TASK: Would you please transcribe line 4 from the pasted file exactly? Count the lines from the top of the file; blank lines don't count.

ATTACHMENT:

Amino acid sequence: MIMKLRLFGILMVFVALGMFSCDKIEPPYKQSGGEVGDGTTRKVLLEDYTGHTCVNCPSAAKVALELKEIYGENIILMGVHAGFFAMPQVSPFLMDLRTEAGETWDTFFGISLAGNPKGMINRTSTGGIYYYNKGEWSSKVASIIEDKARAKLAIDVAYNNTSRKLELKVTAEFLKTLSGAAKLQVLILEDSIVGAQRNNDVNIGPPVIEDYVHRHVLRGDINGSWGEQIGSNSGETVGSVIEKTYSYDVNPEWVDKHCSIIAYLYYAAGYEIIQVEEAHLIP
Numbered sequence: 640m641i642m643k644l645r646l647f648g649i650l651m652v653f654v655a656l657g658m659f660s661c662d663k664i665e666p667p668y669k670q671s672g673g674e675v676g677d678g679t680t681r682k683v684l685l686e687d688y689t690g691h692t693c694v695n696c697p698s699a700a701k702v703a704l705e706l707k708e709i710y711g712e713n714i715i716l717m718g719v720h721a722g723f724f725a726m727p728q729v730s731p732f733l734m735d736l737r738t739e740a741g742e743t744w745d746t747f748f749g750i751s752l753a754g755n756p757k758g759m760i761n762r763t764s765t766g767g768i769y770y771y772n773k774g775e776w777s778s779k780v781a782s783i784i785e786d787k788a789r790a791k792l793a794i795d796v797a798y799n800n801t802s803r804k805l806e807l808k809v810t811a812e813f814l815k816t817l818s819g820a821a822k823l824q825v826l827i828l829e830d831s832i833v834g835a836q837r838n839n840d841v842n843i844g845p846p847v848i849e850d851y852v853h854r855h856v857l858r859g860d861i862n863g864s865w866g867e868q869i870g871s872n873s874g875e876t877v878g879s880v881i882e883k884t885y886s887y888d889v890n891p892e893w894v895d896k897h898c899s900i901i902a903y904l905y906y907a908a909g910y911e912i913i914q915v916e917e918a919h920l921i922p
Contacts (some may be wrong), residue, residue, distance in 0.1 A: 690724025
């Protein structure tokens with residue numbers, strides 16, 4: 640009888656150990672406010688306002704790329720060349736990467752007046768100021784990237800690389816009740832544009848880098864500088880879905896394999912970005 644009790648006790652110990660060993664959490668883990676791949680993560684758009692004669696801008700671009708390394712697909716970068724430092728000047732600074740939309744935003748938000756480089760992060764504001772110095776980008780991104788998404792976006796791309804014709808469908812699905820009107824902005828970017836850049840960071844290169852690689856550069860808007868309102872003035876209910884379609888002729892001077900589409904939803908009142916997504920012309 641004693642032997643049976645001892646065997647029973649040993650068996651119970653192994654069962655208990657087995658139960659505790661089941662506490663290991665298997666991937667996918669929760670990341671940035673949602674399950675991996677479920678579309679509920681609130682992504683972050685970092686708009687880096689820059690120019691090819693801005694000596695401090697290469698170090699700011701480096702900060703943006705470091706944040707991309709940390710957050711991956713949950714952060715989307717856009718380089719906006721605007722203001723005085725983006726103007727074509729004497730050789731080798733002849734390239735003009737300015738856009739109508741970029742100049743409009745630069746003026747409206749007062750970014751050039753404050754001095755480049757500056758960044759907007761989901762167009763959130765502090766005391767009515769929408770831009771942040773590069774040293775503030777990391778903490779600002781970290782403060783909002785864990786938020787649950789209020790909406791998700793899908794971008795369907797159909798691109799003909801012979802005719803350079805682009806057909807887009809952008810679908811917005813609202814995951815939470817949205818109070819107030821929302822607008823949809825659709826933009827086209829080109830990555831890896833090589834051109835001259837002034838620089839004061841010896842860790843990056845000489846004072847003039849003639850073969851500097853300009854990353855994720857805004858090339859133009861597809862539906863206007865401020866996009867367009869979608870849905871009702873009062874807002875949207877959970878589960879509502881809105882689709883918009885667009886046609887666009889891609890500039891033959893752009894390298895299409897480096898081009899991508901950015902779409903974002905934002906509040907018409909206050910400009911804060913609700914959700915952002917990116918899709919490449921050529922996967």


């Protein structure tokens with residue numbers, strides 16, 4: 640009888656150990672406010688306002704790329720060349736990467752007046768100021784990237800690389816009740832544009848880098864500088880879905896394999912970005 644009790648006790652110990660060993664959490668883990676791949680993560684758009692004669696801008700671009708390394712697909716970068724430092728000047732600074740939309744935003748938000756480089760992060764504001772110095776980008780991104788998404792976006796791309804014709808469908812699905820009107824902005828970017836850049840960071844290169852690689856550069860808007868309102872003035876209910884379609888002729892001077900589409904939803908009142916997504920012309 641004693642032997643049976645001892646065997647029973649040993650068996651119970653192994654069962655208990657087995658139960659505790661089941662506490663290991665298997666991937667996918669929760670990341671940035673949602674399950675991996677479920678579309679509920681609130682992504683972050685970092686708009687880096689820059690120019691090819693801005694000596695401090697290469698170090699700011701480096702900060703943006705470091706944040707991309709940390710957050711991956713949950714952060715989307717856009718380089719906006721605007722203001723005085725983006726103007727074509729004497730050789731080798733002849734390239735003009737300015738856009739109508741970029742100049743409009745630069746003026747409206749007062750970014751050039753404050754001095755480049757500056758960044759907007761989901762167009763959130765502090766005391767009515769929408770831009771942040773590069774040293775503030777990391778903490779600002781970290782403060783909002785864990786938020787649950789209020790909406791998700793899908794971008795369907797159909798691109799003909801012979802005719803350079805682009806057909807887009809952008810679908811917005813609202814995951815939470817949205818109070819107030821929302822607008823949809825659709826933009827086209829080109830990555831890896833090589834051109835001259837002034838620089839004061841010896842860790843990056845000489846004072847003039849003639850073969851500097853300009854990353855994720857805004858090339859133009861597809862539906863206007865401020866996009867367009869979608870849905871009702873009062874807002875949207877959970878589960879509502881809105882689709883918009885667009886046609887666009889891609890500039891033959893752009894390298895299409897480096898081009899991508901950015902779409903974002905934002906509040907018409909206050910400009911804060913609700914959700915952002917990116918899709919490449921050529922996967």